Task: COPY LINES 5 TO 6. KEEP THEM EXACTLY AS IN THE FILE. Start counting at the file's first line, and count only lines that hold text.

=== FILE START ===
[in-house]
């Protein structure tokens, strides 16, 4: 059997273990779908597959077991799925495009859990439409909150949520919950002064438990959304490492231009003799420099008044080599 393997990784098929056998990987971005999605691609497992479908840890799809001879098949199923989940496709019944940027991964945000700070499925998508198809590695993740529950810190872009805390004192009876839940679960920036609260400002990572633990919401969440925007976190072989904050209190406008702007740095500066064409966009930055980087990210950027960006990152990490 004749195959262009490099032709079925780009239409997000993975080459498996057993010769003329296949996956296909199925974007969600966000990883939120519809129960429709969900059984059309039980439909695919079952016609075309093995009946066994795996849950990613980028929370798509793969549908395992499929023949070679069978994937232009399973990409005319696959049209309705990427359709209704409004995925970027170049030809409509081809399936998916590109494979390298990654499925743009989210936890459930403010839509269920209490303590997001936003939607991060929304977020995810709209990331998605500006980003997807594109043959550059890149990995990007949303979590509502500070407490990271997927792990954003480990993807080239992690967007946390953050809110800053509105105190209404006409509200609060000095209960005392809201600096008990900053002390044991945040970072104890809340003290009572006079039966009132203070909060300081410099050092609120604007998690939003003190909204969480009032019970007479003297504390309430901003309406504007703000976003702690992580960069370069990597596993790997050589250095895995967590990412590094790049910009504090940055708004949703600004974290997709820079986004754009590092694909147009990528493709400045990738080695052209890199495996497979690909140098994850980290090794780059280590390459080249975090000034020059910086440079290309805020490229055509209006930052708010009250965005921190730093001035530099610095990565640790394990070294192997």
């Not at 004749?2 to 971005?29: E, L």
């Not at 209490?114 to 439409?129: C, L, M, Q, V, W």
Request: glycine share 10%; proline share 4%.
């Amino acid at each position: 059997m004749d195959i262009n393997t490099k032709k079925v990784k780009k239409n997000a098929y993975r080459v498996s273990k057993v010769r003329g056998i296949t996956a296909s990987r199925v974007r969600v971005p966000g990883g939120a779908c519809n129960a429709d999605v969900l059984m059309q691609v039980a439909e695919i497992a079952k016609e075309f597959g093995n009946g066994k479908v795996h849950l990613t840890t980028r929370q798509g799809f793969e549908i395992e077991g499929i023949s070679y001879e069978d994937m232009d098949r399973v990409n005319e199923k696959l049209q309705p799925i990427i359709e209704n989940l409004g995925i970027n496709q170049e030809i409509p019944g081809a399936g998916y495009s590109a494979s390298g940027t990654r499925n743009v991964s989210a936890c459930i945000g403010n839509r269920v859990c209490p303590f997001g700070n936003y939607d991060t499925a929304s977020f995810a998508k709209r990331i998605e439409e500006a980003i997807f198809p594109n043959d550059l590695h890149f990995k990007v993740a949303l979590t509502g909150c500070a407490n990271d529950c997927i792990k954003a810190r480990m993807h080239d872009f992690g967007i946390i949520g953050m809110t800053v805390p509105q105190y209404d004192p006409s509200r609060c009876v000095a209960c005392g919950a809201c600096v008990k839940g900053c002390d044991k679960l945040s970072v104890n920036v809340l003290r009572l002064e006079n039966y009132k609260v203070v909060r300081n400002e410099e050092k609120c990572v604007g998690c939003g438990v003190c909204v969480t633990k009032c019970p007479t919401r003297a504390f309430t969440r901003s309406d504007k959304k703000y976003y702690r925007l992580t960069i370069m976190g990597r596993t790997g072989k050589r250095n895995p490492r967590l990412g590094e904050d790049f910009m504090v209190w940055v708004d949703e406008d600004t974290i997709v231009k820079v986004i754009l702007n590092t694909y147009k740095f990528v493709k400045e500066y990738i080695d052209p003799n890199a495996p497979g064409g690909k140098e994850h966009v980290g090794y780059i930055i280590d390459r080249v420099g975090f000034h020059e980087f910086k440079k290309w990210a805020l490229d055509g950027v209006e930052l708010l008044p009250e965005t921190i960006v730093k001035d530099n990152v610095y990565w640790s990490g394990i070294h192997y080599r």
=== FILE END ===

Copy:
Request: glycine share 10%; proline share 4%.
């Amino acid at each position: 059997m004749d195959i262009n393997t490099k032709k079925v990784k780009k239409n997000a098929y993975r080459v498996s273990k057993v010769r003329g056998i296949t996956a296909s990987r199925v974007r969600v971005p966000g990883g939120a779908c519809n129960a429709d999605v969900l059984m059309q691609v039980a439909e695919i497992a079952k016609e075309f597959g093995n009946g066994k479908v795996h849950l990613t840890t980028r929370q798509g799809f793969e549908i395992e077991g499929i023949s070679y001879e069978d994937m232009d098949r399973v990409n005319e199923k696959l049209q309705p799925i990427i359709e209704n989940l409004g995925i970027n496709q170049e030809i409509p019944g081809a399936g998916y495009s590109a494979s390298g940027t990654r499925n743009v991964s989210a936890c459930i945000g403010n839509r269920v859990c209490p303590f997001g700070n936003y939607d991060t499925a929304s977020f995810a998508k709209r990331i998605e439409e500006a980003i997807f198809p594109n043959d550059l590695h890149f990995k990007v993740a949303l979590t509502g909150c500070a407490n990271d529950c997927i792990k954003a810190r480990m993807h080239d872009f992690g967007i946390i949520g953050m809110t800053v805390p509105q105190y209404d004192p006409s509200r609060c009876v000095a209960c005392g919950a809201c600096v008990k839940g900053c002390d044991k679960l945040s970072v104890n920036v809340l003290r009572l002064e006079n039966y009132k609260v203070v909060r300081n400002e410099e050092k609120c990572v604007g998690c939003g438990v003190c909204v969480t633990k009032c019970p007479t919401r003297a504390f309430t969440r901003s309406d504007k959304k703000y976003y702690r925007l992580t960069i370069m976190g990597r596993t790997g072989k050589r250095n895995p490492r967590l990412g590094e904050d790049f910009m504090v209190w940055v708004d949703e406008d600004t974290i997709v231009k820079v986004i754009l702007n590092t694909y147009k740095f990528v493709k400045e500066y990738i080695d052209p003799n890199a495996p497979g064409g690909k140098e994850h966009v980290g090794y780059i930055i280590d390459r080249v420099g975090f000034h020059e980087f910086k440079k290309w990210a805020l490229d055509g950027v209006e930052l708010l008044p009250e965005t921190i960006v730093k001035d530099n990152v610095y990565w640790s990490g394990i070294h192997y080599r």